Though I think much of the public outrage over bankers' bonuses misses the mark, these accusations concerning the Lehman executives who negotiated the fire sale last year of its North American brokerage business strike me as outrageous.
A big chunk of the $8.2 billion windfall that Lehman creditors claim Barclays received allegedly came in the form of bonus payments that the British bank promised but failed to pay to Lehman executives who were hired by Barclays after negotiating the deal. Those bonuses were among the liabilities that Barclays was supposed to assume but evidently did not as a result of some last-minute, undisclosed negotiations.
Unfortunately, I have more questions about this than answers.
For one thing, how common is it in a 363 asset sale for the executives arranging it to be hired by the buyer? If it is common, then how likely are such sales to be fair to creditors, as the Chapter 11 provision allowing for such sales requires?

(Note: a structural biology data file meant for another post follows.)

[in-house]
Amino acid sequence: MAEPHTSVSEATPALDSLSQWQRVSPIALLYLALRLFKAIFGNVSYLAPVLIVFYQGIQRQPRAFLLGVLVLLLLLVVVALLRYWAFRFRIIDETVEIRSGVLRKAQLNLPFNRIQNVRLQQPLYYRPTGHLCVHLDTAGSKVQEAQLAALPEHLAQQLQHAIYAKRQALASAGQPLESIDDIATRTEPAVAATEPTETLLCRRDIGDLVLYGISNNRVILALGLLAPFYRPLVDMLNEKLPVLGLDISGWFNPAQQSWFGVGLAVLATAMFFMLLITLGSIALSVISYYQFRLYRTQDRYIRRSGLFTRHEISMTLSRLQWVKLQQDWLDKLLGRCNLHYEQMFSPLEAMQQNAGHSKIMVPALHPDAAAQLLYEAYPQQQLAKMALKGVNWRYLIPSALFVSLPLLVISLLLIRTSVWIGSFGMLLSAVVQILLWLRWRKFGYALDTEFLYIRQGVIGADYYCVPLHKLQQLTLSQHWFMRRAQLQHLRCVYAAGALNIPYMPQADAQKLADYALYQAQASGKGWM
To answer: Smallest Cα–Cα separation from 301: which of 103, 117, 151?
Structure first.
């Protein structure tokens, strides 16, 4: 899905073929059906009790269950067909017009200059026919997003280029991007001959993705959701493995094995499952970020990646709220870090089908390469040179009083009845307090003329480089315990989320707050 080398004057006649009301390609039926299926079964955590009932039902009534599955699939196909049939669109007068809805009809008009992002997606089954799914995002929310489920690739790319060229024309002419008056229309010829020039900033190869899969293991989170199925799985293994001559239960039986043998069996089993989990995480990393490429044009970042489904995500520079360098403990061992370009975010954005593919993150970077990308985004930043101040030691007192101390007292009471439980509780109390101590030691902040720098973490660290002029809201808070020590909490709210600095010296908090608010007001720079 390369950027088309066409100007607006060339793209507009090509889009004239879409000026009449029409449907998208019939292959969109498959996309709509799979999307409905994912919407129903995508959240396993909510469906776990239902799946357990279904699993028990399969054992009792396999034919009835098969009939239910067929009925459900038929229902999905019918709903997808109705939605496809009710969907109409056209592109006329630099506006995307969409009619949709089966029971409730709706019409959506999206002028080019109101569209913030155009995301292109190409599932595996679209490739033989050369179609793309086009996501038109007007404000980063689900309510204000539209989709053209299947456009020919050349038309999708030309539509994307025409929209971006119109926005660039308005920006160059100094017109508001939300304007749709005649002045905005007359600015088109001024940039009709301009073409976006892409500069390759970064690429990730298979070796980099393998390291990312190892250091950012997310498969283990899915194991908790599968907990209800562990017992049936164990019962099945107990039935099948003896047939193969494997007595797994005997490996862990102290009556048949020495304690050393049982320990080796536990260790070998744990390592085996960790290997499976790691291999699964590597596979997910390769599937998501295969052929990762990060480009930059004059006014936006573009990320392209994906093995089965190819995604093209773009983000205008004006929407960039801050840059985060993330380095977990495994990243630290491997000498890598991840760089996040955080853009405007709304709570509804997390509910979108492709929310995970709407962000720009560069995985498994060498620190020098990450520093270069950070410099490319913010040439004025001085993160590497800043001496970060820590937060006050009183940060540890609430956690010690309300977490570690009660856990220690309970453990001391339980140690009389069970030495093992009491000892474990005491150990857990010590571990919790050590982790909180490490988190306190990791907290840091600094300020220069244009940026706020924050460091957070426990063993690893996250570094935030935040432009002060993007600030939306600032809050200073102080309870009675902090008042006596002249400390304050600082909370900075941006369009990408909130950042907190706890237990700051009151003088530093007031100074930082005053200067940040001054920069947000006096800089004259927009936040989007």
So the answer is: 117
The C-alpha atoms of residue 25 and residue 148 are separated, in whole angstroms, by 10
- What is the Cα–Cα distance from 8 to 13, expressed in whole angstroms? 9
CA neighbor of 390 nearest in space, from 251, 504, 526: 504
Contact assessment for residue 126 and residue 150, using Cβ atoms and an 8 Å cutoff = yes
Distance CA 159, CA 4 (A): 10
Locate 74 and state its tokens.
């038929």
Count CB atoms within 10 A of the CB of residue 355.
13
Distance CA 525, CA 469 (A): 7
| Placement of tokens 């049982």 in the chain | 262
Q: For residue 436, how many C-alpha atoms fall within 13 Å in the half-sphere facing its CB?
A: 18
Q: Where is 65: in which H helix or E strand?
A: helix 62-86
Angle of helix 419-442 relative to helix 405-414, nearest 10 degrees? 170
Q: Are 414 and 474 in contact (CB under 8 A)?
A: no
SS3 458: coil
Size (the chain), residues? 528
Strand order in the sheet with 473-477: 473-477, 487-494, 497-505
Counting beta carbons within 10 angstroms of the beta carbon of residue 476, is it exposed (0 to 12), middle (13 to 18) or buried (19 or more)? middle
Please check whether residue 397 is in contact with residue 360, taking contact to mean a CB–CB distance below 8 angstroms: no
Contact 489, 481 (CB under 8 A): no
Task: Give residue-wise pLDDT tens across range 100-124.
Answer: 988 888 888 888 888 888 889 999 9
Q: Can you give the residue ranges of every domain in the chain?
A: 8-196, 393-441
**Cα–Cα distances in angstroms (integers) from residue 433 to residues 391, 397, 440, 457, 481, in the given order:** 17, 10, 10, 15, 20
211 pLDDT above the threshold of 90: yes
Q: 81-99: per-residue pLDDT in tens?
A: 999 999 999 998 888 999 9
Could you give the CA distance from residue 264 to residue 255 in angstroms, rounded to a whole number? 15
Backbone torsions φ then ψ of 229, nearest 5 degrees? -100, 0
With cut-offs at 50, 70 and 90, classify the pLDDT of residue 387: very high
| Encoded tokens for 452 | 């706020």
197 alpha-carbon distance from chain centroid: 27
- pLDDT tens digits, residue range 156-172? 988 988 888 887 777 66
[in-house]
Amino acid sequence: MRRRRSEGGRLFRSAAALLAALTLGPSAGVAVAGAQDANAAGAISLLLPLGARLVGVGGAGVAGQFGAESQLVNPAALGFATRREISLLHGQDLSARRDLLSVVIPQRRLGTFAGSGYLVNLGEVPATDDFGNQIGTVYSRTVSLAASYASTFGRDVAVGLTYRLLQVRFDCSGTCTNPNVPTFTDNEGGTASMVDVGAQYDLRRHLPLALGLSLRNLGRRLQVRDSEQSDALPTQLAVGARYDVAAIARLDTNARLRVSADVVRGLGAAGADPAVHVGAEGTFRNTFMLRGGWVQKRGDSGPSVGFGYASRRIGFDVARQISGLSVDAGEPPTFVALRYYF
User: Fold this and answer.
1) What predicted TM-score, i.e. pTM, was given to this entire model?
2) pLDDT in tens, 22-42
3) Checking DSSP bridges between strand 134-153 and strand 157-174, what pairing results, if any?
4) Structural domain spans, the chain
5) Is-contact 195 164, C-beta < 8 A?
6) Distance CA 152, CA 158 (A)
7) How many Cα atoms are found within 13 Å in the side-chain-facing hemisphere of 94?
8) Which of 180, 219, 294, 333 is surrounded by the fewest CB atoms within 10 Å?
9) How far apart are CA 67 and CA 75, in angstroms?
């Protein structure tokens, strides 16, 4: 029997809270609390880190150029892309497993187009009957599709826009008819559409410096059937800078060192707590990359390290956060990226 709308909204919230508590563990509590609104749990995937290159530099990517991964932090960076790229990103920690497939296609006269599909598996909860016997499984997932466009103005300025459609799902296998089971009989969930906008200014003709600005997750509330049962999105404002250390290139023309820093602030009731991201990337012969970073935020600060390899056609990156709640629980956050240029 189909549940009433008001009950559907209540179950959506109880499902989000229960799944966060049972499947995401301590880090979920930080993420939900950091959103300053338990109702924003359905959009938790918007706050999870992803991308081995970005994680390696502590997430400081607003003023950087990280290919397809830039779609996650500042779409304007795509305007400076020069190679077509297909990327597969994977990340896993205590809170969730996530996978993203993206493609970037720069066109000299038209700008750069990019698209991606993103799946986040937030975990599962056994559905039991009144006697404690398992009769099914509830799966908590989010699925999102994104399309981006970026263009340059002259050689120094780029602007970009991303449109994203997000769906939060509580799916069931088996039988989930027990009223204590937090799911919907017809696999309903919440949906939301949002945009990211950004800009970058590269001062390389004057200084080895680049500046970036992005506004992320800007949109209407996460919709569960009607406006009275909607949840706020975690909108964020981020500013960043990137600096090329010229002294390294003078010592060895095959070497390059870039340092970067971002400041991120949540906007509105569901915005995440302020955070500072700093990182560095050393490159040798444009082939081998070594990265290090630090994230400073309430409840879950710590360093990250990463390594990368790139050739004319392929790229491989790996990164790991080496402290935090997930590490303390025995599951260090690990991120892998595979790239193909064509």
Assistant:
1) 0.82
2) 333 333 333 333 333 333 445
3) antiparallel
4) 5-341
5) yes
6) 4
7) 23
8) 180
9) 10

And what's up with those bonuses? It's one thing for Barclays to say no to them in return for hiring the negotiators. It's another to include the amounts in the purchase price nonetheless.
Seems to me Lehman's creditors have a case here. And I'm not alone.
As the research firm CreditSights put it in a note today, "If Barclays did not pay the cure costs or bonuses, it's possible that the estate may be able to recover the difference."
I have inquiries out to bankruptcy lawyers to get answers to these questions and will update this or do a separate article on it as soon as they arrive.